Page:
"La Rivista di Engramma (online)" ISSN 1826-901X

119 | settembre 2014



Aby Warburg and the "Wie der Metapher"

from Memory, Metaphor, and Aby Warburg’s Atlas of Images, Ithaca, NY, Cornell University Press and Cornell University Library, 2012

Christopher D. Johnson

The following excerpt is from chapter 2, “Ad oculos: Ways of Seeing, Reading, and Collecting.” In the pages preceding it, I discuss Warburg’s compelling, if idiosyncratic interpretations of Alberti and Poliziano in light partially of Ernesto Grassi’s work on metaphor and Renaissance humanism as well as Michael Baxandall’s analyses of the rhetorical basis for the concepts and terminology used in Renaissance discussions of art. Subsequently, with Ghirlandaio’s Adoration of the Shepherds serving as the chief artefact, a brief exercise in close looking is offered – both to recall the seminal place this painting had for Warburg’s thinking and to signal the limits of a strictly iconographical method in interpreting Renaissance painting, or for that matter in interpreting Warburg’s writing about it or other cultural objects/events, such as the Schlangenritual

The section before the extract proper concludes: “. . . the difficulties of distinguishing here [in the Schlangenritual text] between metonymy and metaphor or, in the analysis of the Adoration, between symbol, allegory, and metaphor are considerable. Nonetheless, they need to be addressed, especially as Warburg tends to swing back and forth in his preference for the term metaphor or symbol, while in practice he often argues by metonymy in order to unfold what has been plausibly taken as an allegorical vision of history and culture. Iconography can illuminate the symbolic meanings of the goldfinch and the pebbles in Ghirlandaio’s Adoration. It can also teach us what hierarchy we should ascribe to the objects and events depicted in the painting such that, for example, we could sublimate the procession of the Three Kings through the Roman triumphal arch into the symbolic, eternal circle formed by Mary’s dress. But both iconography, which generally pursues the task of interpretation by thickening various discursive contexts informing an artwork, and iconology, which would decipher the larger symbolic meanings of an artwork, often employ the tropes of rhetoric with maddening degrees of imprecision.”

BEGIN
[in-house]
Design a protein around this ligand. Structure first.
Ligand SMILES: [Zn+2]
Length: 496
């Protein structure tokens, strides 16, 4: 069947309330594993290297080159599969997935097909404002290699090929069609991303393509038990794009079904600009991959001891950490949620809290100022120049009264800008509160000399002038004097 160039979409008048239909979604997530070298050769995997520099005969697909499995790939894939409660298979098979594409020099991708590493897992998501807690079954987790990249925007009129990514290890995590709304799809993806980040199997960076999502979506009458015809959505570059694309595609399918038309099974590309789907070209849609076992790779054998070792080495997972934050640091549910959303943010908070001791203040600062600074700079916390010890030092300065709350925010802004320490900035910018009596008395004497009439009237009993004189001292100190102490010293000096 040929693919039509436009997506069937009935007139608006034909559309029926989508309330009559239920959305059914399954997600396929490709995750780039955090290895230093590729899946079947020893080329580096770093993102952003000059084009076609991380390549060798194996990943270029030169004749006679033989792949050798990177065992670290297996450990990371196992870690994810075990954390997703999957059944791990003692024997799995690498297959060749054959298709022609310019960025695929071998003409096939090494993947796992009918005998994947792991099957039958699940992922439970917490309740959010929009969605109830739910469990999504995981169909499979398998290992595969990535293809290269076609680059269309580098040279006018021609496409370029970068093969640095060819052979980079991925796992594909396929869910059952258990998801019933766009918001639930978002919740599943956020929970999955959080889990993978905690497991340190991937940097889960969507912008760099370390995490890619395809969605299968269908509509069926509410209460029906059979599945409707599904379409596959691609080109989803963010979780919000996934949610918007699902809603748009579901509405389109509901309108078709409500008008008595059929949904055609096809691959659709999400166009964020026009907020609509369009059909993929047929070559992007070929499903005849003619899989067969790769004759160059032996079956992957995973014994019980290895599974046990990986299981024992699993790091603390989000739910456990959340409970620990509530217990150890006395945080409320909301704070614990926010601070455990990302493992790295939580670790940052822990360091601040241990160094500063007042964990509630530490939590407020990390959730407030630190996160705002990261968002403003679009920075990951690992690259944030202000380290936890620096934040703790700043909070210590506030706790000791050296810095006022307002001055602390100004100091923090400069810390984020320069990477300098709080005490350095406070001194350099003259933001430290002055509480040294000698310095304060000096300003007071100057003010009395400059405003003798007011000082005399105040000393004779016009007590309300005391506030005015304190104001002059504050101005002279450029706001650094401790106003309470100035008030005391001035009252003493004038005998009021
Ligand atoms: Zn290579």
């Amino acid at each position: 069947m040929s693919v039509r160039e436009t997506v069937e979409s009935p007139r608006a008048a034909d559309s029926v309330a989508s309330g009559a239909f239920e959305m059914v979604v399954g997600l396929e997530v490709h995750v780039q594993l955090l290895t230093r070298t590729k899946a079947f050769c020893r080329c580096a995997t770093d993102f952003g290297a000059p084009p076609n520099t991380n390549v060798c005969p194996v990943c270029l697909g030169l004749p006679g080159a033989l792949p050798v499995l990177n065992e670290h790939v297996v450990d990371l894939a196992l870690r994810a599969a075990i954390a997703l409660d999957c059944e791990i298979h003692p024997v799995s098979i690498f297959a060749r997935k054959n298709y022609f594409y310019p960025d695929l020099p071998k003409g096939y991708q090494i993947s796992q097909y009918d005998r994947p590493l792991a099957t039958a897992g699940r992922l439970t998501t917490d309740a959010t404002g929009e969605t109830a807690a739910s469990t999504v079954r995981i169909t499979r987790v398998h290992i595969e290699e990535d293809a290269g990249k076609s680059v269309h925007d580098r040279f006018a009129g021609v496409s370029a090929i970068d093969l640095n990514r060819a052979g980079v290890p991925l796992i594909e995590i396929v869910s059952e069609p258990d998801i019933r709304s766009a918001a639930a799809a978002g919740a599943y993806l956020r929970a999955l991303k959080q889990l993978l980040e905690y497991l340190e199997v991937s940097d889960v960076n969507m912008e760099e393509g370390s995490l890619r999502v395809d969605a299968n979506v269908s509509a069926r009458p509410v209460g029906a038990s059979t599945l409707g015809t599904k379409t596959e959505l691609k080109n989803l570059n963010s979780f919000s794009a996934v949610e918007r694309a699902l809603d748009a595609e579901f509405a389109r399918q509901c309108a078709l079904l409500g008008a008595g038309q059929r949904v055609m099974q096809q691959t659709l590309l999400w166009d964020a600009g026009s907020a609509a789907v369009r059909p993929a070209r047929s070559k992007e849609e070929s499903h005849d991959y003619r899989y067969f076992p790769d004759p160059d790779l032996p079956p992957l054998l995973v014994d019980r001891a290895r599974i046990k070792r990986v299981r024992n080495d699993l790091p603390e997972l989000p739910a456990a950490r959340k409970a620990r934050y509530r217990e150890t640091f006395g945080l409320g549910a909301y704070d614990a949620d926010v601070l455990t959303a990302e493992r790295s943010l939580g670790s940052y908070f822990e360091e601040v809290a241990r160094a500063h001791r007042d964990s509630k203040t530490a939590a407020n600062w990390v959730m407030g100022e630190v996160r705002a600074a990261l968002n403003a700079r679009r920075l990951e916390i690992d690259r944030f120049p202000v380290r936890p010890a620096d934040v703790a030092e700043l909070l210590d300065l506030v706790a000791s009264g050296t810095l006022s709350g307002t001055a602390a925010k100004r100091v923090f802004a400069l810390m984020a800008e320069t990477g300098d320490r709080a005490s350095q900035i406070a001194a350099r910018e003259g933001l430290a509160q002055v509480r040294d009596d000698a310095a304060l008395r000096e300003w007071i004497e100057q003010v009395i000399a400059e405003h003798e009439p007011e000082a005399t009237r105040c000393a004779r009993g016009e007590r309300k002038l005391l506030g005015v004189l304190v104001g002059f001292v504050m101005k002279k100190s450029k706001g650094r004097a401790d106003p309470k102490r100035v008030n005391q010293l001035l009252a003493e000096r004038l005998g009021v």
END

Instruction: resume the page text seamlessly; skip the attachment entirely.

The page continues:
The two sections that follow thus attempt to sharpen how and why what Warburg will call – in the Tagebuch der Kulturwissenschaftlichen Bibiliotek and in the Überschriften to panels 45 and 49 of the Mnemosyne-Atlas (written by Bing, but presumably following Warburg’s direction) – the “Wie der Metapher” is central to understanding his late work and thought. 

Gombrich on Metaphor

Recognizing this muddle and determined to offer a remedy, Gombrich offers the programmatic essay “Icones Symbolicae: Philosophies of Symbolism and the Bearing on Art” (1972, though an earlier version appeared in 1948). An investigation of the fertile but ambiguous relations between word and image, “Icones Symbolicae” is first of all an important chapter in comparative metaphorology; but it serves, too, as an implicit warning to Warburg’s readers not to lose sight of historical contexts and terminology when savoring the fruits of works such as the Atlas, which, as I have suggested, often tempts us to read it like a book of emblems.

Gombrich’s more concrete aim here is to demonstrate how imprese (heraldic devices usually including words and images) were interpreted in the Renaissance in ways that contemporary art criticism’s “rational analysis” may ignore.[i] To this end, he traces “three ordinary functions of images” that “may be present in one concrete image; thus a motif in a painting by Hieronymus Bosch may represent a broken vessel, symbolize the sin of gluttony and express an unconscious sexual fantasy on the part of the artist but to us the three levels of meaning remain quite distinct.”[ii] After further historicizing such images, Gombrich asserts:

For where there is no clear gulf separating the material, visible world from the sphere of spirit and of spirits, not only the various meanings of the word “representation” may become blurred but the whole relationship between image and symbol assumes a different aspect. . . . Warburg described as “Denkraumverlust” this tendency of the human mind to confuse the sign with the thing signified, the name and its bearers, the literal and the metaphorical, the image and its prototype. . . . Our language, in fact, favours this twilight region between the literal and the metaphorical.[iii]

Yet if this Denkraum, “this twilight region,” is where the artist and emblem-maker invent, then, as Gombrich well knew, Warburg also constantly regrets the “loss” of this “thought-space,” which he also dubs the Zwischenraum and Wunschraum. Confusion, superstition, and stultifying abstraction may result when the stringencies of language, the tyrannies of taste, the thirst for power, and ideological, methodological, or systematic certainty become supreme. Characteristically casting his thinking in spatial terms, Warburg often describes the “loss” of this space as essentially tragic, for it forecloses the possibility of an “Ikonologie des Zwischenraums,” of the “Entwicklungspsychologie des Pendelganges zwischen bildhafter und zeichenmäßiger Ursachensetzung” (developmental psychology of the pendular motion between pictorial and semiotic induction).[iv]